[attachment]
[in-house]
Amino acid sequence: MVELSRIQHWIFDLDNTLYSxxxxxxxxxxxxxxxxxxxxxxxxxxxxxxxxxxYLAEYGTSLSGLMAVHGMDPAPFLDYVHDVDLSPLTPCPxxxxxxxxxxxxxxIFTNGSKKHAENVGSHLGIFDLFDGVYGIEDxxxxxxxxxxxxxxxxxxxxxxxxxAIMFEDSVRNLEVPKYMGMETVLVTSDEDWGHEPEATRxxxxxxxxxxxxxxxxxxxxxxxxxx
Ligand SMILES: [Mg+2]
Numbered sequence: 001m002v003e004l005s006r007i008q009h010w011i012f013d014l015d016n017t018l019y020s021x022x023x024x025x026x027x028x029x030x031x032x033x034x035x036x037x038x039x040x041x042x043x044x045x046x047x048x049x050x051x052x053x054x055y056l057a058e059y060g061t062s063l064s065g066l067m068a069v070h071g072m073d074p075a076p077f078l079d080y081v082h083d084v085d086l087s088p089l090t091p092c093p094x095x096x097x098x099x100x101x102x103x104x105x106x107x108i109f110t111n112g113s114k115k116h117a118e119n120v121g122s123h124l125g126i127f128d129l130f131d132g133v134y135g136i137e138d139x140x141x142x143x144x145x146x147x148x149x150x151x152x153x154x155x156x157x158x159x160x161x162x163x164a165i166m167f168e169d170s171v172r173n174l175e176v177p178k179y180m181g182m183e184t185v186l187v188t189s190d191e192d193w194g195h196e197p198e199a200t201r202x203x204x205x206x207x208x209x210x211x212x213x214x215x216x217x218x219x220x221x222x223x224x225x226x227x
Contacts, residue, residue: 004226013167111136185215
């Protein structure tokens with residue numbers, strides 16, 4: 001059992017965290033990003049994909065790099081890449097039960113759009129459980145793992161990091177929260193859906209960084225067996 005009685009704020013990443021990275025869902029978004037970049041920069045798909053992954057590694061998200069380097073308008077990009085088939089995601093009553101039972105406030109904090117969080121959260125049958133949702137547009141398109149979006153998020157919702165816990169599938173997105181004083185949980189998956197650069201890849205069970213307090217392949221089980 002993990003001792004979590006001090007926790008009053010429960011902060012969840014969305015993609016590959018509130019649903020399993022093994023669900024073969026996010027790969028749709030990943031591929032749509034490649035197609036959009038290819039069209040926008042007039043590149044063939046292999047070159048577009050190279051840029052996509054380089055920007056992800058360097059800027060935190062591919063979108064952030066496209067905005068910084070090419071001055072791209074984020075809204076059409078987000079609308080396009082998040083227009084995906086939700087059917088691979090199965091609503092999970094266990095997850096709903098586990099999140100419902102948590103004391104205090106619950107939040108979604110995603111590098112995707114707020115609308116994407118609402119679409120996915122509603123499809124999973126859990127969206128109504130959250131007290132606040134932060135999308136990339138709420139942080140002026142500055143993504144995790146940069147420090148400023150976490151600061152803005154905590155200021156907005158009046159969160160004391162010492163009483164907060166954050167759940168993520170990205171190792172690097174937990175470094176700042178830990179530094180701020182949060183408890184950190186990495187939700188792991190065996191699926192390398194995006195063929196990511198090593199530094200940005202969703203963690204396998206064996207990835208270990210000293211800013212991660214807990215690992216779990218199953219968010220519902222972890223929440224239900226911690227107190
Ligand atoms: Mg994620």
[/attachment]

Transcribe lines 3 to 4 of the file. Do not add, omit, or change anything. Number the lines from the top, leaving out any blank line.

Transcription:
Ligand SMILES: [Mg+2]
Numbered sequence: 001m002v003e004l005s006r007i008q009h010w011i012f013d014l015d016n017t018l019y020s021x022x023x024x025x026x027x028x029x030x031x032x033x034x035x036x037x038x039x040x041x042x043x044x045x046x047x048x049x050x051x052x053x054x055y056l057a058e059y060g061t062s063l064s065g066l067m068a069v070h071g072m073d074p075a076p077f078l079d080y081v082h083d084v085d086l087s088p089l090t091p092c093p094x095x096x097x098x099x100x101x102x103x104x105x106x107x108i109f110t111n112g113s114k115k116h117a118e119n120v121g122s123h124l125g126i127f128d129l130f131d132g133v134y135g136i137e138d139x140x141x142x143x144x145x146x147x148x149x150x151x152x153x154x155x156x157x158x159x160x161x162x163x164a165i166m167f168e169d170s171v172r173n174l175e176v177p178k179y180m181g182m183e184t185v186l187v188t189s190d191e192d193w194g195h196e197p198e199a200t201r202x203x204x205x206x207x208x209x210x211x212x213x214x215x216x217x218x219x220x221x222x223x224x225x226x227x